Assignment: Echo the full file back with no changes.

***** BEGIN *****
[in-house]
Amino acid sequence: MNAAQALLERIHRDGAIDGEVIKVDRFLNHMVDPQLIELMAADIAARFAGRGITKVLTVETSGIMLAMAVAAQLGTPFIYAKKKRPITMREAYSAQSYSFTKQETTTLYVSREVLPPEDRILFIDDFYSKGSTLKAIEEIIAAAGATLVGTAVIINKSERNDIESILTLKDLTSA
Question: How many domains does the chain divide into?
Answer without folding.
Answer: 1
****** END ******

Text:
[in-house]
Amino acid sequence: MNAAQALLERIHRDGAIDGEVIKVDRFLNHMVDPQLIELMAADIAARFAGRGITKVLTVETSGIMLAMAVAAQLGTPFIYAKKKRPITMREAYSAQSYSFTKQETTTLYVSREVLPPEDRILFIDDFYSKGSTLKAIEEIIAAAGATLVGTAVIINKSERNDIESILTLKDLTSA
Question: How many domains does the chain divide into?
Answer without folding.
Answer: 1